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Investor appetite for digital health hits new high

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Digital health venture funding hit a record US$6.7bn in the US in the first quarter of the year, data shows.

This compares to US$4.1bn and US$4bn in Q3 and Q4 2020 respectively – and puts 2021 well on track to eclipse last year’s total of US$14bn in US-based digital health venture funding.

Meanwhile, average deal size in Q1 2021 hit US$45.9m, up from US$31.7m in 2020.

Special-purpose acquisition companies (SPACs) continued to offer a new path to liquidity, with 10 announced or closed SPAC deals, according to Rock Health, which compiled the figures.

Its digital health venture funding report notes that the “pandemic prompted an acceleration in the adoption and mainstreaming of digital health”.

The surge in venture funding over the past twelve months likely reflects investors’ “appraisal of the opportunity this acceleration creates”.

Rock Health said: “[This] parallels some of the rapidly-maturing fundamentals of the sector in terms of consumer adoption, clinical impact, and of course, digital health’s role in responding to the pandemic.

“Over the past decade, private digital health companies have also captured a larger share of overall venture capital dollars, moving from just two per cent of all venture investment in 2011 to 9 per cent in 2020.”

Twenty-five digital health companies closed deals larger than US$100M in Q1 2021, compared to a total of 14 “mega deals” in Q1 and Q2 of 2020, and 40 across all of 2020.

Highlights of the quarter include four US$100m+ deals announced in rapid succession across two days, involving ClarifyUnite UsStrive Health, and Insitro. These alone equated to US$805M in funding, or 12 per cent of total funding in Q1 2021.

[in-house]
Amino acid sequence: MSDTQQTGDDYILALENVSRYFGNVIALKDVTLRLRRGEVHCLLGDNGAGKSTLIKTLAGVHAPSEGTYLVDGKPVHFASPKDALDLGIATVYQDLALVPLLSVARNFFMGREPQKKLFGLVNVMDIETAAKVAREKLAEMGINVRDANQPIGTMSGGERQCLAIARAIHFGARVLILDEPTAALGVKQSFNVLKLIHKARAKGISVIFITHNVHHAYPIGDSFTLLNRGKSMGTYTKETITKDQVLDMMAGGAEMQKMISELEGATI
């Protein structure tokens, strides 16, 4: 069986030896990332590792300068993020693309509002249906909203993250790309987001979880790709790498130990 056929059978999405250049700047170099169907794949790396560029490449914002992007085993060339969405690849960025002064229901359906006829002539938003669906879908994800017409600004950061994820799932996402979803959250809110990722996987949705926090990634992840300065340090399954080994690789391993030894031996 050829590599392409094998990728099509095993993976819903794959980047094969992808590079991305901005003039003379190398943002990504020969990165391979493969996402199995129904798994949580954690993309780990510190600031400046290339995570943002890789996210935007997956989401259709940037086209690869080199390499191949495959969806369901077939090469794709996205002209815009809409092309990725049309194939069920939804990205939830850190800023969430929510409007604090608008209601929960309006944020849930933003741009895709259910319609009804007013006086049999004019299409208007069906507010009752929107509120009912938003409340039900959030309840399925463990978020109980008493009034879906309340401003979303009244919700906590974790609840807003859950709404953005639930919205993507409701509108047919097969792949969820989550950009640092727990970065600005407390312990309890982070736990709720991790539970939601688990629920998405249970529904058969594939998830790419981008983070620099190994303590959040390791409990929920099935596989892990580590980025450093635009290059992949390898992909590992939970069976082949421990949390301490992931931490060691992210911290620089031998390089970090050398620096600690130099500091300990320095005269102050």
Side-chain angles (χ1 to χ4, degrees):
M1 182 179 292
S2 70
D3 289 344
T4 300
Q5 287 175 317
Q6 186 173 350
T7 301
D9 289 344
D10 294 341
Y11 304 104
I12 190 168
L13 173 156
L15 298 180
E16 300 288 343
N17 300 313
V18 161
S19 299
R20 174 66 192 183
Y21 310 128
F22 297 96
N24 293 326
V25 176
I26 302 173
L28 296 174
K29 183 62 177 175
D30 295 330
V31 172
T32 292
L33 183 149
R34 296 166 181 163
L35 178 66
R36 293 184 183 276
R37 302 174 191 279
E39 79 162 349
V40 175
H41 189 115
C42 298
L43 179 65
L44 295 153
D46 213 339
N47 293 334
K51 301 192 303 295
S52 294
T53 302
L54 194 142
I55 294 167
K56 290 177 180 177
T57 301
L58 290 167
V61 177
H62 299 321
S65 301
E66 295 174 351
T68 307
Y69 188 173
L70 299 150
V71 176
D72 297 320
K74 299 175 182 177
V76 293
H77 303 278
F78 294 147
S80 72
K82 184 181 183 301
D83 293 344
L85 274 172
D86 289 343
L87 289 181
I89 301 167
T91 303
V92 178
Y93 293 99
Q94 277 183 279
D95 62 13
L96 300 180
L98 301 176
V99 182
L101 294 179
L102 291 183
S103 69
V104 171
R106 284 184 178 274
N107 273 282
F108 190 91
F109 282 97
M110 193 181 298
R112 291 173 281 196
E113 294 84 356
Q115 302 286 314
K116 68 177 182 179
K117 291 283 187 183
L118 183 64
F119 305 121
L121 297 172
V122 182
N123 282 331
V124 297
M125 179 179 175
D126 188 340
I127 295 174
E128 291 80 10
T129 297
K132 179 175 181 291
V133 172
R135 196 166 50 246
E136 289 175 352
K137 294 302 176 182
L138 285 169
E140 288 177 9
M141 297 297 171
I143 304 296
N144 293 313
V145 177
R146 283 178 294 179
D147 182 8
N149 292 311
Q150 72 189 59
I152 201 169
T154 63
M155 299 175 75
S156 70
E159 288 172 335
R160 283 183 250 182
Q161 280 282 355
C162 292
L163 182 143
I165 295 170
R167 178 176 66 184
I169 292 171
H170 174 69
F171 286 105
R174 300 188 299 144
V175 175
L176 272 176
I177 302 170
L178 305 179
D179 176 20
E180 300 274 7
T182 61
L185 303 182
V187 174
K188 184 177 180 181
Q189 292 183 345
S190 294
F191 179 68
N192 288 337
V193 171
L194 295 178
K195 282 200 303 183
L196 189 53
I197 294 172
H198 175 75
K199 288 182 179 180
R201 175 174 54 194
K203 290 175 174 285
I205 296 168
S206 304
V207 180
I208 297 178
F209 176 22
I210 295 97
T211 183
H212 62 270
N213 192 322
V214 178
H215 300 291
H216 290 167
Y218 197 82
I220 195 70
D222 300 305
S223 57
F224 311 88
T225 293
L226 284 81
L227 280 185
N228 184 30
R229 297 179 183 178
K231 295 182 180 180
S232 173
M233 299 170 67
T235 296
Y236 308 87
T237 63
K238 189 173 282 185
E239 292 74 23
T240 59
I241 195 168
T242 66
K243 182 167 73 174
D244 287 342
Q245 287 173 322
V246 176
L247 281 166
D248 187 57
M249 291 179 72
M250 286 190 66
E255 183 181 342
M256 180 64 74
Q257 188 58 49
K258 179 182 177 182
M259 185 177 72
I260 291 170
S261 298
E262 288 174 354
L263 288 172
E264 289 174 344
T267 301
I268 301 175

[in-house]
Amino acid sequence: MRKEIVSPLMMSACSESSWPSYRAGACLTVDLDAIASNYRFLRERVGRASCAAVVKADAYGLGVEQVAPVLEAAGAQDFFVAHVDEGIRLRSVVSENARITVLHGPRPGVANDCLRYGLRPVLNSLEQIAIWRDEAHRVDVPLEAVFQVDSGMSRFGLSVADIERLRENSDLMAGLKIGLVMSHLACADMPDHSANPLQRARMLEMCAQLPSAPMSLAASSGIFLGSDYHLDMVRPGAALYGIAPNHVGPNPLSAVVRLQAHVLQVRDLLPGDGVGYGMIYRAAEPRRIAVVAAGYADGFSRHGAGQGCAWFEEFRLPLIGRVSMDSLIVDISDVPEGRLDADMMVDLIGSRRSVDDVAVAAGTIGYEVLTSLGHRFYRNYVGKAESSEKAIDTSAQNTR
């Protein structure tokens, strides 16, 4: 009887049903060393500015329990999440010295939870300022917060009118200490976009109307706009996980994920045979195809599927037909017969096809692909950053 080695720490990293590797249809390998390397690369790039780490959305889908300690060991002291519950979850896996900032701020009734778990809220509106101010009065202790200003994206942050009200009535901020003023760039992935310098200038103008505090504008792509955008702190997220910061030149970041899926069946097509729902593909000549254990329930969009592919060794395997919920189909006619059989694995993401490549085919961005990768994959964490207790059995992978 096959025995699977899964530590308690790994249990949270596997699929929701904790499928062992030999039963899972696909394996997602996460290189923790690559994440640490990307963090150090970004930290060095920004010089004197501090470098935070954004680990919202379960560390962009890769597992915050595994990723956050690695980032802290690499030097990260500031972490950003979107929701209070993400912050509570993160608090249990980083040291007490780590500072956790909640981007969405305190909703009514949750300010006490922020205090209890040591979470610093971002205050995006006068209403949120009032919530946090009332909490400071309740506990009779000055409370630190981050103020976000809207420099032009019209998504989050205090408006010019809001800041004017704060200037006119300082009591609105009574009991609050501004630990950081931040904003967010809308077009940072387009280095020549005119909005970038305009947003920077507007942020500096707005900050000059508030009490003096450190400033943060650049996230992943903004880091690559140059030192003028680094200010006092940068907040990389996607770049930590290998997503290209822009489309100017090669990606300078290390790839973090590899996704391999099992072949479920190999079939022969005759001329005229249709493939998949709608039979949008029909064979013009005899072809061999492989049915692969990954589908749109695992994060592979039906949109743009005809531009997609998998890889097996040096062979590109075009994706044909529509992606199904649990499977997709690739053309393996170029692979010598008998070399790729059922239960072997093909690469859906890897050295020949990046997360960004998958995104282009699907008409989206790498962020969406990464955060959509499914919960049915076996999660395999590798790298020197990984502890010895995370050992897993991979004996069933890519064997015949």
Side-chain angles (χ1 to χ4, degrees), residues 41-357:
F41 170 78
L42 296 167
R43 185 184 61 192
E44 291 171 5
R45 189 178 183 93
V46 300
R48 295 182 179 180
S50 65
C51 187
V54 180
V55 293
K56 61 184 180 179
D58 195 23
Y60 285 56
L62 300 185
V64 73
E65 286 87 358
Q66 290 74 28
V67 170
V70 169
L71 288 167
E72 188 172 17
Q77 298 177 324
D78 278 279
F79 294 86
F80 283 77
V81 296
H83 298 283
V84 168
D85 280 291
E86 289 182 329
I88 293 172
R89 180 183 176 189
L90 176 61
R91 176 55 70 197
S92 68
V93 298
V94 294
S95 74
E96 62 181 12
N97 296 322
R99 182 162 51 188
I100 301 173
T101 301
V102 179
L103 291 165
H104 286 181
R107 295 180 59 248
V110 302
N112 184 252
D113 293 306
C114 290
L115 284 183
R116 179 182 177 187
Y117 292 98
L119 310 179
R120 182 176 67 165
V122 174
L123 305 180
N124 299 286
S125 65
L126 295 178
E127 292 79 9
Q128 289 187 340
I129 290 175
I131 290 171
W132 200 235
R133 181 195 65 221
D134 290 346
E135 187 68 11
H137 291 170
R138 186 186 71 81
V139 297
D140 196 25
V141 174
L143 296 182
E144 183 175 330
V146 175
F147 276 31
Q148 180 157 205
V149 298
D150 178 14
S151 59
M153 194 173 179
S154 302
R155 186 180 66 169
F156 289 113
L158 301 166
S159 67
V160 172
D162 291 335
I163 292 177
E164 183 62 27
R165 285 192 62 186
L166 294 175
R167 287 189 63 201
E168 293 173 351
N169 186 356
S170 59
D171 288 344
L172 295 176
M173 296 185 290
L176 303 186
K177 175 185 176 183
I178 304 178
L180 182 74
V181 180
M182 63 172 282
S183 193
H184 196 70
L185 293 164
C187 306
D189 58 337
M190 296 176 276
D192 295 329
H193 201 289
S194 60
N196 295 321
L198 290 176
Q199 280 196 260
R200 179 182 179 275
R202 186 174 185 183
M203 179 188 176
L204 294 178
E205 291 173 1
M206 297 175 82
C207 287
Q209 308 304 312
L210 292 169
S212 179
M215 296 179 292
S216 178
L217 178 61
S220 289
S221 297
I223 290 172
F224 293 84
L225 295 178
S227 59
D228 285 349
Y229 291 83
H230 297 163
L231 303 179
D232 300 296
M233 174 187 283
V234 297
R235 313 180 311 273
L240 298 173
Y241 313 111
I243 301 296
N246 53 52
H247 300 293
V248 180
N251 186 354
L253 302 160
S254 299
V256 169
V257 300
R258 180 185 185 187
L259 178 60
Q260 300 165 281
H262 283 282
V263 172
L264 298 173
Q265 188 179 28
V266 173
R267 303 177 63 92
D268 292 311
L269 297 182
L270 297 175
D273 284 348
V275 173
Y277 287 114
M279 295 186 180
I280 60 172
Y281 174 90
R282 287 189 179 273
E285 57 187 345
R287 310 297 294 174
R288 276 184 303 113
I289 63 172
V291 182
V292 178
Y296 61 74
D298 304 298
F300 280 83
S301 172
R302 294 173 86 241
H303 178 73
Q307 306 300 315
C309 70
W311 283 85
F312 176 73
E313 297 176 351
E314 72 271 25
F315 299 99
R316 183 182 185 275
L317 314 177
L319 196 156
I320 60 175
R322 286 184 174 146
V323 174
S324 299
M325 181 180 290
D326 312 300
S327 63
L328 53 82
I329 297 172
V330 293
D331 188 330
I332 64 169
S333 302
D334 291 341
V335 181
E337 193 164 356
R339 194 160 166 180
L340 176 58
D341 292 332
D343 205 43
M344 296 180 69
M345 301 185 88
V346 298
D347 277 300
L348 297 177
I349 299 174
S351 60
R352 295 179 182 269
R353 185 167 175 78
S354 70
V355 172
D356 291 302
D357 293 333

“Though companies raising mega deals are tackling a variety of challenges, the most common value propositions were research and development, and population health management, with five deals apiece,” Rock Health said.

Not only are more startups raising mega deals, they’re also doing so at a faster pace.

The average age of startups at the time of their first mega deal raise has been cut in half over the past few years, from 12 years in 2017, to just six years among the Q1 2021 mega deal companies.

Among the Q1 2021 mega deals, Valo Health observed the shortest time to its first mega deal (1.5 years).

While encouraged by the progress of digital health in terms of its appeal to investors, Rock Health cautioned:

“Bursts of heightened activity—particularly from an investment and exit standpoint—must also be examined with caution.

“This means closely evaluating untested business models, new investment vehicles, sky-high valuations, and funding trajectories that don’t match the recent past.

“These departures from a more tempered market will enable breakthrough winners and impact. But we also anticipate some Icarus-esque endings. In this growing market, exercising judgment will be critical.

“Stakeholders will need to separate long-term value creation from short-term financial opportunity, and distinguish between individual company hype cycles from overall sector fundamentals and growth.”

Read the full report here.

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